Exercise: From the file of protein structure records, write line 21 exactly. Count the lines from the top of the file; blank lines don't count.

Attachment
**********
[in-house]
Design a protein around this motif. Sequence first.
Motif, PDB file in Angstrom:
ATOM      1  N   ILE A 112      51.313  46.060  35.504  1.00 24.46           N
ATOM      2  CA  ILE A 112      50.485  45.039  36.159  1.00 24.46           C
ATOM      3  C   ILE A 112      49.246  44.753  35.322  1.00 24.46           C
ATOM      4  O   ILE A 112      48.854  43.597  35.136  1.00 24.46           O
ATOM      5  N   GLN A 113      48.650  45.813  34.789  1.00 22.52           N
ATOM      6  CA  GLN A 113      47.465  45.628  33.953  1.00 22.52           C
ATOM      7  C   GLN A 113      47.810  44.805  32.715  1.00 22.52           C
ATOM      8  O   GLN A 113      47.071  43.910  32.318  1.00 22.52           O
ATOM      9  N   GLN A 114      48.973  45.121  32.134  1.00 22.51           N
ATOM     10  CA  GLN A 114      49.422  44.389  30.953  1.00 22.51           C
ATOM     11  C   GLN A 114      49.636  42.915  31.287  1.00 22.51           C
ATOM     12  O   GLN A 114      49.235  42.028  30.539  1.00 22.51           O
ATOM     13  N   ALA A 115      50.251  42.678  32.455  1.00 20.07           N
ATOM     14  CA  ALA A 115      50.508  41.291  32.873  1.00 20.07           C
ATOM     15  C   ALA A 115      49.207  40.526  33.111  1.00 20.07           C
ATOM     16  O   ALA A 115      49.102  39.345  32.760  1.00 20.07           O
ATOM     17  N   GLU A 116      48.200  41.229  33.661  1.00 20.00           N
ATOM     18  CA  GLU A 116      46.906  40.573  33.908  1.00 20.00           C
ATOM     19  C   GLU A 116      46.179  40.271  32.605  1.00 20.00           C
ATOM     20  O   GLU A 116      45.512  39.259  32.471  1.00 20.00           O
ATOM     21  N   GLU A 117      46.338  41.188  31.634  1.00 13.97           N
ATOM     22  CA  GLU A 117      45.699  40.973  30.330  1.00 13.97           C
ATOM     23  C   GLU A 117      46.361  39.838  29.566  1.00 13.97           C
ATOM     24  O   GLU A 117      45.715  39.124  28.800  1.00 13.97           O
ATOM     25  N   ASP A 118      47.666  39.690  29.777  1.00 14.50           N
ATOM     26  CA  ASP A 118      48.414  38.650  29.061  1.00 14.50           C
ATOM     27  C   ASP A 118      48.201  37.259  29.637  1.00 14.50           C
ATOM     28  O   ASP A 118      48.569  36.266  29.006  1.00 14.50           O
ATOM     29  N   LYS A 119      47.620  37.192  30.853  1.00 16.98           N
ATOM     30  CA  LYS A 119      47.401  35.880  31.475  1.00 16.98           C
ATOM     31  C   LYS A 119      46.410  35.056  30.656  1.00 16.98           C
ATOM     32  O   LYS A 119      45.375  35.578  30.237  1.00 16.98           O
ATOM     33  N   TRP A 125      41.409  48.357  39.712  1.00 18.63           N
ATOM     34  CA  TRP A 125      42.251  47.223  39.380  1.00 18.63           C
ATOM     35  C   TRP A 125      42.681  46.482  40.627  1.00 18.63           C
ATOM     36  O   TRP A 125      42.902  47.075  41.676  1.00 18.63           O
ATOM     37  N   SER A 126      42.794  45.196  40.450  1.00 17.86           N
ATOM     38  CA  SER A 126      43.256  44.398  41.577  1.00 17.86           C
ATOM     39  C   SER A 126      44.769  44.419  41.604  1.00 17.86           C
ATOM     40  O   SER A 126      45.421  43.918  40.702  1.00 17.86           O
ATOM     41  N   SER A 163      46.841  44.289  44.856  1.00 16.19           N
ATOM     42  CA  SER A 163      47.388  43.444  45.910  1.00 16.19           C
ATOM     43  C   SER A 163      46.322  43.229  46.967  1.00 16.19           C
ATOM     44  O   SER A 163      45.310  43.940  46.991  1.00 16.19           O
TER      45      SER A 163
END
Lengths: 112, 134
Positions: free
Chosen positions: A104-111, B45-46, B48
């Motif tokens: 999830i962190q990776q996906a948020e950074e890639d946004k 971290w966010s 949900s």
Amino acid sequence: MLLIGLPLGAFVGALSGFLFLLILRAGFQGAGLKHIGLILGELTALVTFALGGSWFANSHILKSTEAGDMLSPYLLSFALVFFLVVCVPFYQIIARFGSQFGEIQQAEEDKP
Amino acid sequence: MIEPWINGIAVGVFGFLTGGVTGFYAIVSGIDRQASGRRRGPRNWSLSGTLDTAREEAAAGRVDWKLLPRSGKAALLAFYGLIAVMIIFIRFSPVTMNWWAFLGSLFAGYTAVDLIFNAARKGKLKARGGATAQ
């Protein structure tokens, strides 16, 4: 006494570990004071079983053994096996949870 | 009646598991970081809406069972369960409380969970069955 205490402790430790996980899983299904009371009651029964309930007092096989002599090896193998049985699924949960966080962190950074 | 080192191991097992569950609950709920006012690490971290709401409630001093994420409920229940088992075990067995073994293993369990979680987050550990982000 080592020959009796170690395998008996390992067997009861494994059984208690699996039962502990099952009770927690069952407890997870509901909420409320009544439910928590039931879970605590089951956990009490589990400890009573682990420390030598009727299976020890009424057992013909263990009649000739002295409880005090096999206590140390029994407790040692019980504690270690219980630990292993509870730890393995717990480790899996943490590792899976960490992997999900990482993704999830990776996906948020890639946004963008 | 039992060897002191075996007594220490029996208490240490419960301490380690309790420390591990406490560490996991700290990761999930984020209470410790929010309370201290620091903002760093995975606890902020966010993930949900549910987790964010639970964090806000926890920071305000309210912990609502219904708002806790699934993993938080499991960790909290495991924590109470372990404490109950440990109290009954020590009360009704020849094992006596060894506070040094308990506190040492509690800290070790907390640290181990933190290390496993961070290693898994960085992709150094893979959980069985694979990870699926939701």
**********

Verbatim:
ATOM     18  CA  GLU A 116      46.906  40.573  33.908  1.00 20.00           C